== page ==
One of the most memorable trilogies in mixed martial arts history got under way at UFC 50.
Future UFC Hall of Famer Matt Hughes lost his welterweight title to B.J. Penn in Jan. 2004, his only defeat in a string of 20 matches that spanned nearly eight years.
George St. Pierre, at the time, was a 23-year old up-and-coming hot shot. He was considered the future of the division, unbeaten at the time in seven fights, but perhaps not ready for a title shot.
Ready or not, though, St. Pierre got a crack at the crown, after Penn bolted the company in a contract dispute and left the title vacant. So the young Montrealer was matched up with Hughes to fill the title on Oct. 22, 2004 at "The War of '04" in Atlantic City, N.J.
St. Pierre showed glimpses of the fighter who has become what many consider the world's best pound-for-pound fighter in the early on, keeping Hughes off-balance with an aggressive standup and a takedown. But GSP fell victim to inexperience late in the round, as Hughes maneuvered into side control on the ground and locked in an armbar. St. Pierre, unaware the round was about to end, tapped out with one second remaining in the round.
Hughes began his second reign, which lasted just more than two years. "I knew when I stepped in there with him that night that he was going to give a lot of people trouble a couple years down the road," Hughes said. "Frankly, I was glad I was getting him out of the way then."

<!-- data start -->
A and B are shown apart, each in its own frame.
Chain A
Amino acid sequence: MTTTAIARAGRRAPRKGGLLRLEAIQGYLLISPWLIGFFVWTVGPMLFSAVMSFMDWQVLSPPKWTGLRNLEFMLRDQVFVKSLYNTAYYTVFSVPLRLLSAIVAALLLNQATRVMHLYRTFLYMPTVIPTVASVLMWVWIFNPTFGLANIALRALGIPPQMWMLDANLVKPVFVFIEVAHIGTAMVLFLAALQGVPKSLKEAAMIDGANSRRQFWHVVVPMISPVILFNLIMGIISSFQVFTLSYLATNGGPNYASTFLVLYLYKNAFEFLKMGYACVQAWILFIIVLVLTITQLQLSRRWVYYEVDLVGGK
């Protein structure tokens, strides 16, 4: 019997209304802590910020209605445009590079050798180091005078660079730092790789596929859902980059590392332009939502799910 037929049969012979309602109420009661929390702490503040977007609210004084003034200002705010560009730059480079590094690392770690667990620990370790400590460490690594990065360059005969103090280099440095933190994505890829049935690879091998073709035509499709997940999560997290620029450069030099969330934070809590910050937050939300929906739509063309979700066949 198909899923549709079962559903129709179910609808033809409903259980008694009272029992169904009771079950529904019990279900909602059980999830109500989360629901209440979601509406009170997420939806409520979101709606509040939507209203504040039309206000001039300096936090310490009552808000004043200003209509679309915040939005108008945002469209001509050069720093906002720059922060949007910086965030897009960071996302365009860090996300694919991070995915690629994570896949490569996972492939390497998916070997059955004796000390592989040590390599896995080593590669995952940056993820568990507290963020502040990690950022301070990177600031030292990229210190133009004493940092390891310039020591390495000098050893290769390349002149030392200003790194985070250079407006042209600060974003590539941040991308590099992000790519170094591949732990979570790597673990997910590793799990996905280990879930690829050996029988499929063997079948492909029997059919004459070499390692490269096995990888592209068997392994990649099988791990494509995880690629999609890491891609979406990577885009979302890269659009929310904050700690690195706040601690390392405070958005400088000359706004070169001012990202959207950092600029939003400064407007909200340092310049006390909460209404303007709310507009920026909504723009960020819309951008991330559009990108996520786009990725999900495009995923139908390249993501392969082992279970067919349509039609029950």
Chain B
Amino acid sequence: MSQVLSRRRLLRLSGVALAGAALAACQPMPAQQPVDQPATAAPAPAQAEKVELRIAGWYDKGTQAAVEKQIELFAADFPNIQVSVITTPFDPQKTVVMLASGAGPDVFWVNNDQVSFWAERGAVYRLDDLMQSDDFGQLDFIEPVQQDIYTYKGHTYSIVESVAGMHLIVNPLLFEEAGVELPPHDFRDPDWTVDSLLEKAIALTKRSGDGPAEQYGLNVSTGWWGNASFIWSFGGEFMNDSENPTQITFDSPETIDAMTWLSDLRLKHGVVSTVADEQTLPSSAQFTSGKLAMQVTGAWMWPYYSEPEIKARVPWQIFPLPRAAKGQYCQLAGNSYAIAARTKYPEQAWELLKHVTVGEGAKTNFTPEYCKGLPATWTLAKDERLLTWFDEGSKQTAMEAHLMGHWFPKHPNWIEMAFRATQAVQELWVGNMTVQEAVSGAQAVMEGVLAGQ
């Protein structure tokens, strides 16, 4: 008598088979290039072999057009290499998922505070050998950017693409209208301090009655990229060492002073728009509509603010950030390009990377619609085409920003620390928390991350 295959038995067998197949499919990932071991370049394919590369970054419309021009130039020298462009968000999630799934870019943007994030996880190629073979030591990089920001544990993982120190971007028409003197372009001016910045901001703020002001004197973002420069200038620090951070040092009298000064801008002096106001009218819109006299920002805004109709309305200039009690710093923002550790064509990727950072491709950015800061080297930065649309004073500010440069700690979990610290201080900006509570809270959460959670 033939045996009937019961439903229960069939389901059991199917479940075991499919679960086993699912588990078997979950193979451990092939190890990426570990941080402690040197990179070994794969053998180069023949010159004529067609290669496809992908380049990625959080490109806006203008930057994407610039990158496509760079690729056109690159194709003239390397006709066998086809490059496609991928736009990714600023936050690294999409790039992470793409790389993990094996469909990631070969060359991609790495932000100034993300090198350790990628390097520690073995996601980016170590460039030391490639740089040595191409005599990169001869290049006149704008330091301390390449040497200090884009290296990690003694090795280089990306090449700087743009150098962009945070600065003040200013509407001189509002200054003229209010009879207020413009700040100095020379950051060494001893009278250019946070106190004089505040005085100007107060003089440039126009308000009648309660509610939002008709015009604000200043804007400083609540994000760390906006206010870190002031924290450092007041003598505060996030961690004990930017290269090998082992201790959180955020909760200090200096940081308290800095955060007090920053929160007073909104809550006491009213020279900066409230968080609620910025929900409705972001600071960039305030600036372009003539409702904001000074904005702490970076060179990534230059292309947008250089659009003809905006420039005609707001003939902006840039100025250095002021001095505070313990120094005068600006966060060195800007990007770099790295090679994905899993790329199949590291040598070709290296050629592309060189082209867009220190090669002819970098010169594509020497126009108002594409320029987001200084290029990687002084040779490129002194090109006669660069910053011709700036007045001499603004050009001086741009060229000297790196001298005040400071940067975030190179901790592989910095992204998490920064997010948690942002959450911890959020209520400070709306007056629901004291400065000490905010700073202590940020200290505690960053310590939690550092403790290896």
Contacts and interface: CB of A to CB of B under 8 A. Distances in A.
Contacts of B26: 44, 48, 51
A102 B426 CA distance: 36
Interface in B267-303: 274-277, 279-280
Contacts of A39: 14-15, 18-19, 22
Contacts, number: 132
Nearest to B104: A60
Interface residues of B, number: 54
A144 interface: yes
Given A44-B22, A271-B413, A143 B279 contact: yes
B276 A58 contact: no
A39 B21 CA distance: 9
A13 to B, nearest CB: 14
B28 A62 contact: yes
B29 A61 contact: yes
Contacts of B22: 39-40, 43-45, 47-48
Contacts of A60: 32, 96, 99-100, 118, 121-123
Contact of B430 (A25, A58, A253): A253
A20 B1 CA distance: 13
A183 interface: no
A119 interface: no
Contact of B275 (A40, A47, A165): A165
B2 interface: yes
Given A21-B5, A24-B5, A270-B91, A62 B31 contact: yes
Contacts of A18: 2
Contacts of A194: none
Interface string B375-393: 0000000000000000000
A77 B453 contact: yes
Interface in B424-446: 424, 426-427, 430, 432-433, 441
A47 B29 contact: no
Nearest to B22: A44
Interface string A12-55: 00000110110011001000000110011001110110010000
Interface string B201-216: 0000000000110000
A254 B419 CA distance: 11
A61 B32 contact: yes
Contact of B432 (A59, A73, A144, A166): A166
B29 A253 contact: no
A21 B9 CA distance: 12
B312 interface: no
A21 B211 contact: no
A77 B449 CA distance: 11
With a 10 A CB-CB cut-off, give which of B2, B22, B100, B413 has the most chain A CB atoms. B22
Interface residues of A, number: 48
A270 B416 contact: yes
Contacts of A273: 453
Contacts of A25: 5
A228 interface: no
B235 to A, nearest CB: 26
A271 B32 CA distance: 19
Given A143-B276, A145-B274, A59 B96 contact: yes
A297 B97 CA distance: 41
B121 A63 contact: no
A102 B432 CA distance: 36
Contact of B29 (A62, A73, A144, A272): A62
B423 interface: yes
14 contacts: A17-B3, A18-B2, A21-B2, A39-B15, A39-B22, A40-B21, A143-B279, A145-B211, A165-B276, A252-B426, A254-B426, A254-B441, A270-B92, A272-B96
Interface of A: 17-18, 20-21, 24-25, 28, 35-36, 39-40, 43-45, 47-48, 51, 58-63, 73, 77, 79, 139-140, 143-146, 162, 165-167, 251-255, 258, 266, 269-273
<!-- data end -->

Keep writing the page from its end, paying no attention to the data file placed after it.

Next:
St. Pierre proved Hughes' hunch correct at UFC 65 on Nov. 18, 2006. Ready for the main-event spotlight, GSP dominated Hughes for two rounds before taking him out with a high kick, followed by a ground-and-pound assault.
"That first night, the first time I fought Hughes, I wasn't even able to look him in the eyes," St. Pierre said. "By the time we met for our second match, I wasn't afraid of him anymore. It wasn't me fighting my idol, it was just another opponent." And in case there were any lingering question whether the torch had passed, St. Pierre took the rubber match at UFC 79. In a poetic closure, St. Pierre submitted Hughes with an armbar in the final seconds of Round 2.
The planned UFC 50 main event was former light heavyweight champ Tito Ortiz against longtime rival Guy Mezger. However, Mezger suffered stroke-like symptoms a week before the fight and had to pull out. The episode ended Mezger's career. Then-undefeated Patrick Cote, who was scheduled to fight in the opening match of the card, was asked to fill in for Mezger. While Cote fueled the crowd's hopes by dropping Ortiz with an early strike, Ortiz recovered and then went on to win a unanimous decision in a dull fight.
Two matches that had a direct impact on the middleweight division went down at the War of '04. In the first one, the late Evan Tanner submitted Robbie Lawler in the first round. The loss was a ticket out of the UFC for Lawler, who some had touted as a future champion. Tanner, turned right around and beat Dave Terrell at UFC 51 for the 185-pound title. Rich Franklin, meanwhile, beat Jorge Rivera via submission in his first match at middleweight after starting his career at light heavyweight. The following summer, at UFC 54, Franklin defeated Tanner to win the title, then held it for 15 months before losing to current champ Anderson Silva.
Travis Lutter def. Marvin Eastman, KO, 0:33 R2
Ivan Salaverry def. Tony Fryklund, submission (body triangle), 1:36 R1
Evan Tanner def. Robbie Lawler, submission (triangle choke), 2:22 R1
Frank Trigg def. Renato Verissimo, TKOUFC welterweight championship: Matt Hughes def. Georges St. Pierre, submission (armbar), 4:59 R1 (Hughes wins vacant title)
Rich Franklin def. Jorge Rivera, submission (armbar), 4:28 R3
Tito Ortiz def. Patrick Cote, unanimous decision.
- Matt Hughes